The death toll reported from the Philippines, based on data released by the Philippines' National Disaster Coordinating Council (NDCC), stands at 68 dead, 160 injured, and 69 unaccounted for. A total of 26,238 houses were destroyed and 76,062 damaged.

Cost estimates include (in pesos):

Agriculture:              405.3 million 
Fisheries:                 76.1 million
Infrastructure:           371.0 million 
Transmission Facilities:   26.6 million 
School Facilities:        130.0 million 
Total:                  1,008.9 million

Typhoon Muifa also had a destructive impact on Vietnam. Floods and landslides triggered by the typhoon killed about 40 people, and 40 more people were reported missing. There were also many villages in the mountains which needed urgent relief but which could not be quickly reached. Hoi An, which is the town of world heritage, was hit by the flood, and more than 80 old houses were in danger of collapse.

Huang Chunliang Report from the Philippines

       === Brief Report on Typhoon UNDING {MUIFA} ===
              (Rainfall Obs from Philippines)

Only daily amounts >= 100 mm listed:

BORONGAN (WMO98553 11.65N 125.43E)          103.6 mm  [14/00-15/00Z]
CATANDUANES RADAR (WMO98447 13.98N 124.32E) 246.4 mm  [15/00-16/00Z]
VIRAC (WMO98446 13.58N 124.23E)             207.3 mm  [15/00-16/00Z]
CATARMAN (WMO98546 12.50N 124.63E)          122.0 mm  [15/00-16/00Z]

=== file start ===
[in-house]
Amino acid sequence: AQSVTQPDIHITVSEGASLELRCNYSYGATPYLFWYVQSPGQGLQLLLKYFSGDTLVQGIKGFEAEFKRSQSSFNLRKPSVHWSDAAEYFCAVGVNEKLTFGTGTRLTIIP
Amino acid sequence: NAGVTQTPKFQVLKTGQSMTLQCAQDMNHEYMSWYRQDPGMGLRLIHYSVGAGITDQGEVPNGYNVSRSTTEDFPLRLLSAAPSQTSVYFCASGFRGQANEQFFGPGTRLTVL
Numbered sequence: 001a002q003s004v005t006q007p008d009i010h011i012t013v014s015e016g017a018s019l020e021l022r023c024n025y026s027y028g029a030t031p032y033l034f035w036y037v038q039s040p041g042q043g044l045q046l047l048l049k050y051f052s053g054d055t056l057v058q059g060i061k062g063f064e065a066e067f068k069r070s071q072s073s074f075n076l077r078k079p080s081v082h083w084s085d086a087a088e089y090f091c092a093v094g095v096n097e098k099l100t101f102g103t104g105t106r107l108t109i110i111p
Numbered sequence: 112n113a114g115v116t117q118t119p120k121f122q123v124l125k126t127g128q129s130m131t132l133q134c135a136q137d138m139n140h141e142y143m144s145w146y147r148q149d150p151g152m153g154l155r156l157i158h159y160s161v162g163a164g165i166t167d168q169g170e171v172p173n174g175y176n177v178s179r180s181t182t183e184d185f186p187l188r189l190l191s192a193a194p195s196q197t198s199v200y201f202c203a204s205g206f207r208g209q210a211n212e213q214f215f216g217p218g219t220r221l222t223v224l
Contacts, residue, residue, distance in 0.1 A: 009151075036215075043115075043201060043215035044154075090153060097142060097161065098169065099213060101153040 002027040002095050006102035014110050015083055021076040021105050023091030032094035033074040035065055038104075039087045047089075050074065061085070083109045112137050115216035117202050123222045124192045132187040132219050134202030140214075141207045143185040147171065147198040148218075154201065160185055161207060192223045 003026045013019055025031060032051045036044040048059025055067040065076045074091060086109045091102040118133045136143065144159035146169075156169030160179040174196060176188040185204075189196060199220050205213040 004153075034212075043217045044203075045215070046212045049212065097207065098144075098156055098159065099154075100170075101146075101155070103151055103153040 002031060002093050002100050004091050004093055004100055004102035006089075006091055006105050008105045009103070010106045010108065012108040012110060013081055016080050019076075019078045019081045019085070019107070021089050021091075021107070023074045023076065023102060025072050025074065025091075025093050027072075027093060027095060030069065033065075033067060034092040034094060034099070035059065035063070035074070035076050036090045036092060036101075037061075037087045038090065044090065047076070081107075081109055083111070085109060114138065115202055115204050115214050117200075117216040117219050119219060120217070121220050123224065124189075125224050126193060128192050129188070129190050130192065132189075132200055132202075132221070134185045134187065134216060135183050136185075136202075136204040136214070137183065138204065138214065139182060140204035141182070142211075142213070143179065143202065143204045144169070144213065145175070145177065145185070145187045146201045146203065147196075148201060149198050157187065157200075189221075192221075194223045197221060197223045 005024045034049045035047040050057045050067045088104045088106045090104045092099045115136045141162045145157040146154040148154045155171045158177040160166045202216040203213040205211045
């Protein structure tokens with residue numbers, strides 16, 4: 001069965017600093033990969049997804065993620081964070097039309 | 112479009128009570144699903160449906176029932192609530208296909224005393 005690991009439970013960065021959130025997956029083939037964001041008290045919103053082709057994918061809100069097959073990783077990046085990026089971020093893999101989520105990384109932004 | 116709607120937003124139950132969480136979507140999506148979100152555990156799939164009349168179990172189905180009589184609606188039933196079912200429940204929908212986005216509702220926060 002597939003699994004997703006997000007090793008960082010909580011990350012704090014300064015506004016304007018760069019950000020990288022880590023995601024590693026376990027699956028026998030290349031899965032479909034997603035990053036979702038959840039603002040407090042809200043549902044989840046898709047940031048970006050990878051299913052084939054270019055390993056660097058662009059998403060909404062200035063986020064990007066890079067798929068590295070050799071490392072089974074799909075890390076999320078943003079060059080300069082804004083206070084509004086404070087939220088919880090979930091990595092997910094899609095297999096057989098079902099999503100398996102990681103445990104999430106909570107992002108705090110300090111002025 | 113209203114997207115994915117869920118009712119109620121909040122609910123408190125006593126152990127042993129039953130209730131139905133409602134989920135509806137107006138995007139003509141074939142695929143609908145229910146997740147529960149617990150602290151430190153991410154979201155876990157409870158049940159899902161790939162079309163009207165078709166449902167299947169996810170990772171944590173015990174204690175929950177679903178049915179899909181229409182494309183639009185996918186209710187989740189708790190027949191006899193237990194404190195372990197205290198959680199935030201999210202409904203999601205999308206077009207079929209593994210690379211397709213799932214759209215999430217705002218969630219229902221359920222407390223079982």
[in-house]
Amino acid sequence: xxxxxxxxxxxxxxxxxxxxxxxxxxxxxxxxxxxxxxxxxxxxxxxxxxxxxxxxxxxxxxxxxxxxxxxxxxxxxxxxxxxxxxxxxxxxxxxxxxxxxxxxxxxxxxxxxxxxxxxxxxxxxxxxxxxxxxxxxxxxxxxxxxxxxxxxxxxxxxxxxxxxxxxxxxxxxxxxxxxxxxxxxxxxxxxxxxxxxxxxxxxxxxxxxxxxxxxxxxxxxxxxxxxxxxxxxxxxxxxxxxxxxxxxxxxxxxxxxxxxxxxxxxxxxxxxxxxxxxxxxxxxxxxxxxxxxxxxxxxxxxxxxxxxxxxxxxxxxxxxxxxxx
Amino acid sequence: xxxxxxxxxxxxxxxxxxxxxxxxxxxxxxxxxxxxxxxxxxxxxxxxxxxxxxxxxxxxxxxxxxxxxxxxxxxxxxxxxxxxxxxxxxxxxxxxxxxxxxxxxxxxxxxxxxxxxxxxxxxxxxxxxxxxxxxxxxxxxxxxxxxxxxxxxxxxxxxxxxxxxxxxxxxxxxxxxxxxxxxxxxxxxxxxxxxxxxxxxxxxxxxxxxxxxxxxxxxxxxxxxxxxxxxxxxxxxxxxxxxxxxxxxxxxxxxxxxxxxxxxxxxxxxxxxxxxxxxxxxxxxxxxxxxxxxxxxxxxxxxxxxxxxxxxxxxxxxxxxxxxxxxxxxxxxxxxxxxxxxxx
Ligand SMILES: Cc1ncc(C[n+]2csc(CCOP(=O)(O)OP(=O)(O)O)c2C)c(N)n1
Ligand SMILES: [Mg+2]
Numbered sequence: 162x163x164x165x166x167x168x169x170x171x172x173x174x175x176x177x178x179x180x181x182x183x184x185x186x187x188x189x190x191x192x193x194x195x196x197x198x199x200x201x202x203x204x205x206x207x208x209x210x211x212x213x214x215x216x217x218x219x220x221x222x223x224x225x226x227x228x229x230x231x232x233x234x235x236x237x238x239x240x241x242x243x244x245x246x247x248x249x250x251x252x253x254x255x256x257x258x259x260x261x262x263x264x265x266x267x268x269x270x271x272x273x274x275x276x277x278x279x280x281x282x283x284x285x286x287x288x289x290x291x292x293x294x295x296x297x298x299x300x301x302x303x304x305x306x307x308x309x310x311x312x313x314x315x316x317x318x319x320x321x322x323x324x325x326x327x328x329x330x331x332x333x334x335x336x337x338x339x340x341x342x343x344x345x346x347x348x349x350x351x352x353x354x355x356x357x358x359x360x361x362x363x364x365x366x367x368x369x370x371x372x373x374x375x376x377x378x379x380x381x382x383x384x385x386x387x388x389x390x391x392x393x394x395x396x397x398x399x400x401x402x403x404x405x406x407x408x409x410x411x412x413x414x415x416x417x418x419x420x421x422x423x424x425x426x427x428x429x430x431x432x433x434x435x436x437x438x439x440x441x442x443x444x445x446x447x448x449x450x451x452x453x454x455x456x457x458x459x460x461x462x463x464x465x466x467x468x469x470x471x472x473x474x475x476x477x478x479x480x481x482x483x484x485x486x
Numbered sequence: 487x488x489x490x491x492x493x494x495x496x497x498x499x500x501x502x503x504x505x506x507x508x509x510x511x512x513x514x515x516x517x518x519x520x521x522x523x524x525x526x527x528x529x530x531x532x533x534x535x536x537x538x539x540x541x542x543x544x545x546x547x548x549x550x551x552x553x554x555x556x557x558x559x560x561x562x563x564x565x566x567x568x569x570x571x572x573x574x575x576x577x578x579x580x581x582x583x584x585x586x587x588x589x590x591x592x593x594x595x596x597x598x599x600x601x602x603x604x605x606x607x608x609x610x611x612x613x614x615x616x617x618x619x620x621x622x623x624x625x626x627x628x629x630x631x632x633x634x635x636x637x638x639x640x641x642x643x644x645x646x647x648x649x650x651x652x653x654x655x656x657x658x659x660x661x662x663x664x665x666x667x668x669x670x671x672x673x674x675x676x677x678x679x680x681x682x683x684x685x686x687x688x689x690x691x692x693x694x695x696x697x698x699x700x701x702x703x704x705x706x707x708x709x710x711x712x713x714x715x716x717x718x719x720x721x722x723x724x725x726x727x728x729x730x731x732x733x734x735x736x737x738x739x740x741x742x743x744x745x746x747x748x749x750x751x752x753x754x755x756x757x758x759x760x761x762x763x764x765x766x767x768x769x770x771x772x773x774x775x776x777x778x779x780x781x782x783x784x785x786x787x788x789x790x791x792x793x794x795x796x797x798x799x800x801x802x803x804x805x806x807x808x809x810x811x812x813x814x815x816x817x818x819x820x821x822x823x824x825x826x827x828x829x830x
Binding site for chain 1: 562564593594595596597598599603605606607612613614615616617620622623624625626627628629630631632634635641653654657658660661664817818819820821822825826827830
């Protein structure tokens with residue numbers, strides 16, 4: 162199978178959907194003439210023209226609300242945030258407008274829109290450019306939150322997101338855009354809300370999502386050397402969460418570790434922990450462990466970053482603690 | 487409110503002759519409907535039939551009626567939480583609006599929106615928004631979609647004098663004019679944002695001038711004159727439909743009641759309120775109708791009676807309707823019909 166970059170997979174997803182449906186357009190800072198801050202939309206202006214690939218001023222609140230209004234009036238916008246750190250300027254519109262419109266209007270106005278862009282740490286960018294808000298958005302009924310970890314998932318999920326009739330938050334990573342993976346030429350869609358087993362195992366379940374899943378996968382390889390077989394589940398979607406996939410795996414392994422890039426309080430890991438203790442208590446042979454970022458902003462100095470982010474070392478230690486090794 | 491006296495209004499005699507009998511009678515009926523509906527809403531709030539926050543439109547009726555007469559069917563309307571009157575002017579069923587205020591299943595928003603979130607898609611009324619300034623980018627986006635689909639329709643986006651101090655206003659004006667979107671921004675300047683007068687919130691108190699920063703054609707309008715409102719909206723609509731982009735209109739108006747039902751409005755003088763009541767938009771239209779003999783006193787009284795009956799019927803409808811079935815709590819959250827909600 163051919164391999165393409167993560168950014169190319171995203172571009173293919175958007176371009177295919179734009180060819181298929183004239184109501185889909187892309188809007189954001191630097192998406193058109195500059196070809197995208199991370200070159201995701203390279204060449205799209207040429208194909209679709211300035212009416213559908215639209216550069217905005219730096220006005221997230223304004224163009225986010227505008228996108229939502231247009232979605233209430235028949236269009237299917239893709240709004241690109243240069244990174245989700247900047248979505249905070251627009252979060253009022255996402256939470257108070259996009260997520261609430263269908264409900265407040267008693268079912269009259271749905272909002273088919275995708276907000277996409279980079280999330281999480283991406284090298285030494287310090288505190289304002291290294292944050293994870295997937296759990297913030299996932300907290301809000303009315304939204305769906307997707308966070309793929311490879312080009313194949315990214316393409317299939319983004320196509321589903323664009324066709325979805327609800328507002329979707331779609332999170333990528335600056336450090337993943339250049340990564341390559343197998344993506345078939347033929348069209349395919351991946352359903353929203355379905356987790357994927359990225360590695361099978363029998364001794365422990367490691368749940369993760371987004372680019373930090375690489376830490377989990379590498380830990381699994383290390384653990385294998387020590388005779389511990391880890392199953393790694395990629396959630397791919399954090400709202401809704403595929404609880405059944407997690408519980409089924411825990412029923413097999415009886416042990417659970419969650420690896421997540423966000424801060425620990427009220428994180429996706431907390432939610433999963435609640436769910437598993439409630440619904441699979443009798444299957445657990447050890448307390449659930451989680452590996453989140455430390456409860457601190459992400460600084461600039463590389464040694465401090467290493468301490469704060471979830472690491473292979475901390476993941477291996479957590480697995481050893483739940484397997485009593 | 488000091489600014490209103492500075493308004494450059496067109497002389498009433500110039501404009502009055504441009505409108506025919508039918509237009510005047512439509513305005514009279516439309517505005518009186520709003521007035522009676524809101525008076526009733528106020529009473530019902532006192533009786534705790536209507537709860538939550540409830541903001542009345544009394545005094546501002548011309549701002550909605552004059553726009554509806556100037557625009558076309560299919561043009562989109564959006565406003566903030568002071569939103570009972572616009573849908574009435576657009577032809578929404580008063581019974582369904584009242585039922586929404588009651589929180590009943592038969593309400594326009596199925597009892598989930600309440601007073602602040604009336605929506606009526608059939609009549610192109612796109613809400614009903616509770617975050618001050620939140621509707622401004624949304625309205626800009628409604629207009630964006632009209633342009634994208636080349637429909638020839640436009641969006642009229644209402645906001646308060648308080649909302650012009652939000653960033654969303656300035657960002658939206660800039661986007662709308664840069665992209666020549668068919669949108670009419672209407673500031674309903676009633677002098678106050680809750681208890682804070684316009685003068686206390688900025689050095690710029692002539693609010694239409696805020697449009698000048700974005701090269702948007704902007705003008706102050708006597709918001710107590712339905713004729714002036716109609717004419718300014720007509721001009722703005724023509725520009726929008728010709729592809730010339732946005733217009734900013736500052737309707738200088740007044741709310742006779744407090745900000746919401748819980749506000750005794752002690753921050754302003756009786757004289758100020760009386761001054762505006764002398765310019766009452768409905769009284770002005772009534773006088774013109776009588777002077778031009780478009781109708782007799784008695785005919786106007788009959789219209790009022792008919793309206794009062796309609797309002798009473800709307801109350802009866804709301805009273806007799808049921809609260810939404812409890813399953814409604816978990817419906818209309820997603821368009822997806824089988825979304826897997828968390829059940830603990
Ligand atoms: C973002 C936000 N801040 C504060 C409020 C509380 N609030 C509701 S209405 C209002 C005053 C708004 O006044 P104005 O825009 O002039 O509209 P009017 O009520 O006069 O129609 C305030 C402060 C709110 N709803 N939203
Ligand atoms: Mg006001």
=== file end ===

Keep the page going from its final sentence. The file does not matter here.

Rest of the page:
CATANDUANES RADAR (WMO98447 13.98N 124.32E) 182.4 mm  [16/00-17/00Z]
PILI (WMO98442 13.57N 123.27E)              151.2 mm  [16/00-17/00Z]
DAET (WMO98440 14.13N 122.98E)              127.6 mm  [16/00-17/00Z]
VIRAC (WMO98446 13.58N 124.23E)             123.0 mm  [16/00-17/00Z]
SAN JOSE (WMO98531 12.35N 121.03E)          171.4 mm  [20/00-21/00Z]
TAYABAS (WMO98427 14.03N 121.58E)           103.1 mm  [20/00-21/00Z]

Huang Chunliang Report from Thailand

      === Brief Report on Typhoon MUIFA from Thailand ===

1. Landfall

According to the TMD warnings, Tropical Depression MUIFA 
made landfall near Amphoe Tha Chana, Surat Thani Province 
around 25/1500 UTC with a MSW of 30 knots.

2. Rainfall (Only 24-hr amounts >= 100 mm listed)

PRACHUAP KHIRIKHAN (WMO48500 11.83N 99.83E) 173.4 mm [25/00-26/00Z]
PRACHUAP KHIRIKHAN (WMO48500 11.83N 99.83E) 251.5 mm [25/06-26/06Z]
PRACHUAP KHIRIKHAN (WMO48500 11.83N 99.83E) 235.8 mm [25/18-26/18Z]

Michael Padua Report from Naga City, Philippines

Michael V. Padua, an amateur meteorologist in Naga City and 
owner of the Typhoon 2000 website, had a Close Encounter of 
the Third Kind with Typhoon Muifa when the cyclone made 
landfall near his home. Michael gained a considerable amount 
of publicity when, convinced that the typhoon was headed for 
the Naga City area but with the official PAGASA warnings 
continuing to forecast the storm to head northwestward away 
from the region, called the mayor of Naga City and advised 
him to make emergency preparations for Typhoon Muifa.  
Because of Michael's action, residents of Naga City were 
somewhat better prepared for the arrival of the typhoon 
than they would have been otherwise.

Following is a portion of Michael's write-up about his 
experiences (slightly edited):

   "As I woke up around 6:30 in the morning (2230 UTC) of 
19 November, I quickly opened the monitor and refreshed 
the browser to get the latest satellite image and GOES 
animation that showed that the system was starting to 
track more southerly.  This prompted me to call our local 
PAGASA (office) to advise them about the imminent danger.  
They told me that their main office in Manila still believed 
that the storm would move west-northwest.  At around 10:00 
AM (0200 UTC), I drove to our school (Naga College Founda-
tion) and stepped into my office where I got the latest